Electric cars have been around for longer than most people realize with certain examples dating back all the way to the late 1800s. These alternative power vehicles have come a long way to where they are now, but there were more than a few bumps in the road that helped them earn the reputation of being oddly designed cars with a very short range and this is one of them.
The Sebring-Vanguard Citicar was a product of the OPEC Oil Embargo of the 1970s as one man’s vision of the future. That man was Bob Beaumont who was already entrenched in the car business running a Chrysler dealership in upstate New York when he decided that gas-powered cars were killing city life and he had to do something about it. Inspired by the size and shape of a golf cart, Beaumont’s goal was to create as lightweight of a car as possible while still adhering to National Transportation Safety Board standards and leaving minimal impact on the environment.
After his initial EV Coupe was unsuccessful and the NTSB changed their rules for low-production automobiles, Beaumont focused on a new creation dubbed the Citicar. Designed to be a simple, compact, and cheap car for city commuting, Beaumont aspired for the Citicar to lessen the strain of the automobile on the environment with its electric powertrain. Designed only for traveling about city centers and short commutes to work, Beaumont hoped to sell the car to people wanting to save money on rising gas prices and cut down their impact on the environment from driving everyday.
The Citicar was offered with several different battery variants during its lifecycle. This specific example is an “SV-48” model meaning it has a 48v battery pack with 3.5hp, originally costing $2,390 in 1975 (~$11-12k today). When it came to performance, the Citicar was… lacking to say the least. You can’t drive 55 in the Citicar, and not because of speed limits at the time, but rather because the car tops out at around 38-44mph. However, top speed wasn’t much of a concern as the car was never intended to be used on the highway. The car would do 0-25mph (yes 25mph) in 6.2s and weighed a total of ~1,250lbs (partly thanks to its ABS Plastic body), so it was lightweight, but far from nimble.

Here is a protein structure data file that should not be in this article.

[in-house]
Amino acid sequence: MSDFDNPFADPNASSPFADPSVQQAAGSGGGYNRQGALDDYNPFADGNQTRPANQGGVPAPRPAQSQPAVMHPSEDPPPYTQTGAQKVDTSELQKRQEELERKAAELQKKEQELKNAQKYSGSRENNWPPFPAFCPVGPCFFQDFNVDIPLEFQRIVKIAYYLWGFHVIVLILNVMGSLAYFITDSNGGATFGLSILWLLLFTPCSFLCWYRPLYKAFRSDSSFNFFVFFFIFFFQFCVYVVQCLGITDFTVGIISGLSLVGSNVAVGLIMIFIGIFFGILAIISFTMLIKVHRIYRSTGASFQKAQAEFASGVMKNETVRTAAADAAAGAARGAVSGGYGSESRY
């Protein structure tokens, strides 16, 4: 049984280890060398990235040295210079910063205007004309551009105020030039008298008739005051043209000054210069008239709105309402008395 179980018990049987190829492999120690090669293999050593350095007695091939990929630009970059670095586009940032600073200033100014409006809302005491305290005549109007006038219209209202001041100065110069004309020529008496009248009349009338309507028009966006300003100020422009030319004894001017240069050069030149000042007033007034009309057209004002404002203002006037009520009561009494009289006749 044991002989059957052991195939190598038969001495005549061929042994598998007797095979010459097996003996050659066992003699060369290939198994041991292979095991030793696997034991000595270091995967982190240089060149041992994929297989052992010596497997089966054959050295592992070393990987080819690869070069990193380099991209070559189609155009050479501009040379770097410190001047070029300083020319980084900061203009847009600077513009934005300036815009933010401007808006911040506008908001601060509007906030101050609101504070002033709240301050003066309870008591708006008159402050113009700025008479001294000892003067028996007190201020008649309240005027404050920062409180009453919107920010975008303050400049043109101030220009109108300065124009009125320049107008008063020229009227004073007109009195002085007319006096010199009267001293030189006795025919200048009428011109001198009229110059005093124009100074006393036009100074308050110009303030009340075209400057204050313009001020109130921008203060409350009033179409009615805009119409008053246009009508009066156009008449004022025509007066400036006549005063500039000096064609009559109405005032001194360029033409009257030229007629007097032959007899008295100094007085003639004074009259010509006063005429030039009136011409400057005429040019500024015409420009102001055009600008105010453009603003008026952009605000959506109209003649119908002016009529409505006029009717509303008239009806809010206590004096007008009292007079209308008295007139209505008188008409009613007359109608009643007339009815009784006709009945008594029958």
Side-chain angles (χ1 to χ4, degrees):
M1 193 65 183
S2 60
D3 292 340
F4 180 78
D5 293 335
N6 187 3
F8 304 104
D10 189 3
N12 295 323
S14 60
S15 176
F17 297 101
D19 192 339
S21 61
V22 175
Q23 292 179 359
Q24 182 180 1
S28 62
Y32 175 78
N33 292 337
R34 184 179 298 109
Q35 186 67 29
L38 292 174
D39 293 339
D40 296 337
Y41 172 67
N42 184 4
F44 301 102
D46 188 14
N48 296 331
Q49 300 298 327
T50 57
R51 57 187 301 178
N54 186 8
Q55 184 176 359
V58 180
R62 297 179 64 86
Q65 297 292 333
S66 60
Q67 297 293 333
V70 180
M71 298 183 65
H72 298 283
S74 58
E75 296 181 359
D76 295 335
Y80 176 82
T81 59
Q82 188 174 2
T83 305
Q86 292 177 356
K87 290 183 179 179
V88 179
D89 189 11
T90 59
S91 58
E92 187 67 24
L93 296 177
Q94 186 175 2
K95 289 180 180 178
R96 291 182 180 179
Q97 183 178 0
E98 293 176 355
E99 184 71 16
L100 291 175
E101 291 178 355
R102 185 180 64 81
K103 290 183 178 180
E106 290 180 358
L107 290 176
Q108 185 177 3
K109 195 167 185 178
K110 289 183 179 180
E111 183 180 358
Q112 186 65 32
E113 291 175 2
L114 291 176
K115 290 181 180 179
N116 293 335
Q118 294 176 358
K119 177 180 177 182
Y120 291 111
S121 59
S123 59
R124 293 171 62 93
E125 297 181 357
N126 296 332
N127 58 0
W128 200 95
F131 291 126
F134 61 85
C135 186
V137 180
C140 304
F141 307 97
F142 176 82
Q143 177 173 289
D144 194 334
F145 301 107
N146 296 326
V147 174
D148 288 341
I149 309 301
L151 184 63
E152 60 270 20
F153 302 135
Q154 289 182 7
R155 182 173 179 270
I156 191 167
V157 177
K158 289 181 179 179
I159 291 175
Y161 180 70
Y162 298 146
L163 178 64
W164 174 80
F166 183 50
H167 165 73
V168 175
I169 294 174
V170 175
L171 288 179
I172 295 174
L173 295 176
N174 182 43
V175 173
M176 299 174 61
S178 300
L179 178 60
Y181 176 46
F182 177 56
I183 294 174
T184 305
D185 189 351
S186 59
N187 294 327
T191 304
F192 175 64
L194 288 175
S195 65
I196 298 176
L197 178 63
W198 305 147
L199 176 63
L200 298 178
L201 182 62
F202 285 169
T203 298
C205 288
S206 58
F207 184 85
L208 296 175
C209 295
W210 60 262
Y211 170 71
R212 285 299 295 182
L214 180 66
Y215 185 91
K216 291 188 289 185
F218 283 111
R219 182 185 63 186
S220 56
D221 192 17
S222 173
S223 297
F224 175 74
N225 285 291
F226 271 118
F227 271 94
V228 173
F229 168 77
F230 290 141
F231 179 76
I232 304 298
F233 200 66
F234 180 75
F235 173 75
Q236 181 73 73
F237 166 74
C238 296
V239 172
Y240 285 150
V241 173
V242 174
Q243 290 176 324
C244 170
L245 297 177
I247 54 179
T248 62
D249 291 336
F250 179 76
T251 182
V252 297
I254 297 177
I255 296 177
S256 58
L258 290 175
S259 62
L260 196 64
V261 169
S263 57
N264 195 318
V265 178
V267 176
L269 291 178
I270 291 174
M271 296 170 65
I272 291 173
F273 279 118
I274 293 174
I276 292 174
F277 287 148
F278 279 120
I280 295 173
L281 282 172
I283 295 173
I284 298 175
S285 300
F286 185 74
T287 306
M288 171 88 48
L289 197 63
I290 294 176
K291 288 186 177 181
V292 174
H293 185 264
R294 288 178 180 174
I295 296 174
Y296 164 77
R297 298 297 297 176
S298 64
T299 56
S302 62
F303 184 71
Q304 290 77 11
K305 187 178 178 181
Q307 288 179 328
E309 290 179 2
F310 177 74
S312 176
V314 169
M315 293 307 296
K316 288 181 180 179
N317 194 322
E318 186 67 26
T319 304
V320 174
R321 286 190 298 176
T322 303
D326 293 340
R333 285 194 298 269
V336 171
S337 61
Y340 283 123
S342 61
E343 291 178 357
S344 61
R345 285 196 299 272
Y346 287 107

The Citicar did not include A/C, which forced buyers to find alternative ways to beat the heat such as the aftermarket fan installed in this model.
The Citicar’s eight 6-volt flooded lead-acid batteries took about 6 hours to reach a full charge which gave it a range of ~40 miles. It truly was an experiment in minimalism for the everyday car as the Citicar did not come with A/C or even roll-up windows, instead featuring clear plastic panels that you with metal slats you have to drop into the door frame any time you wanted to close up the interior. Although the car’s intended use was for short drives throughout the city, these limiting factors diminished public opinion of the Citicar and made it a hard sell against Detroit’s finest.
Beaumont was able to sell approximately 2,100 Citicars up until 1975 when a not-so-raving review by Consumer Reports came out rating the Citicar “Not Acceptable” after a brake failure (along with poor acceleration and shoddy steering), which “pulled the plug” on the operation and dashed any chance of future sales. Although Beaumont defended his creation, even once by taking a baseball bat to the car to demonstrate the sturdiness of the body, his company was short lived and failed to capture enough of the automotive market to sway public opinion on the benefits of the electric car. When the oil risk came to an end, gas prices normalized which lead to plummeting sales for the Citicar and Beaumont was forced to sell the assets of Sebring-Vanguard in 1978 to pay off of debts and an inevitable fine from the NTSB.
After his try at reinventing the modern car, Beaumont would go on to lobby for federal funding on the research of electric vehicles and even try his hand again at selling an electric vehicles with the Tropica, which was an electric roadster targeted towards countries with warmer climates. Unfortunately, Bob Bueamont passed away in October of 2011 before he could see the resurgence of electric vehicles on the road today. However, his Citicar remains is an iconic stepping stone in the history of electric vehicles as they’ve re-attained mainstream popularity.
This 1975 Citicar is currently on loan at the HVA National Laboratory from the Boyertown Museum of Historic Vehicles which showcases Pennsylvania’s transportation history with their collection housed in the former factory of the Boyertown Auto Body Works.